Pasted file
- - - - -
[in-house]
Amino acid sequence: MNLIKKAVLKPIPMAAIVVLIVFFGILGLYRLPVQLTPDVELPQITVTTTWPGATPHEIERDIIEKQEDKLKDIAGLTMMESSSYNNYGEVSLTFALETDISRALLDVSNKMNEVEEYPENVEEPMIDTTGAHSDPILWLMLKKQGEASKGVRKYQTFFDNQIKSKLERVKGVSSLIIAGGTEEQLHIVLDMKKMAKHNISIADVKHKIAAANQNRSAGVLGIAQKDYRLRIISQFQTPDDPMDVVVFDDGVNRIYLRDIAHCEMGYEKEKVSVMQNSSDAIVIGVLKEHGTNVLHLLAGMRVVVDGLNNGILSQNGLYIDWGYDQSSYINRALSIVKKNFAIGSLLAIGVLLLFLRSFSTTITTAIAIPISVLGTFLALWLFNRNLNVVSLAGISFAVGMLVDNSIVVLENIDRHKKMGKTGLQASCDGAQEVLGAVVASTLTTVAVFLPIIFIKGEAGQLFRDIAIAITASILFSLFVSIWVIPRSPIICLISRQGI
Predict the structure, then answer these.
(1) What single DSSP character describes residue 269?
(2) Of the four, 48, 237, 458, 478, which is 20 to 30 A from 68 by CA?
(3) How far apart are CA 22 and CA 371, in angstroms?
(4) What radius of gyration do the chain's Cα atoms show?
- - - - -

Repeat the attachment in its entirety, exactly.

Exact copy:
[in-house]
Amino acid sequence: MNLIKKAVLKPIPMAAIVVLIVFFGILGLYRLPVQLTPDVELPQITVTTTWPGATPHEIERDIIEKQEDKLKDIAGLTMMESSSYNNYGEVSLTFALETDISRALLDVSNKMNEVEEYPENVEEPMIDTTGAHSDPILWLMLKKQGEASKGVRKYQTFFDNQIKSKLERVKGVSSLIIAGGTEEQLHIVLDMKKMAKHNISIADVKHKIAAANQNRSAGVLGIAQKDYRLRIISQFQTPDDPMDVVVFDDGVNRIYLRDIAHCEMGYEKEKVSVMQNSSDAIVIGVLKEHGTNVLHLLAGMRVVVDGLNNGILSQNGLYIDWGYDQSSYINRALSIVKKNFAIGSLLAIGVLLLFLRSFSTTITTAIAIPISVLGTFLALWLFNRNLNVVSLAGISFAVGMLVDNSIVVLENIDRHKKMGKTGLQASCDGAQEVLGAVVASTLTTVAVFLPIIFIKGEAGQLFRDIAIAITASILFSLFVSIWVIPRSPIICLISRQGI
Predict the structure, then answer these.
(1) What single DSSP character describes residue 269?
(2) Of the four, 48, 237, 458, 478, which is 20 to 30 A from 68 by CA?
(3) How far apart are CA 22 and CA 371, in angstroms?
(4) What radius of gyration do the chain's Cα atoms show?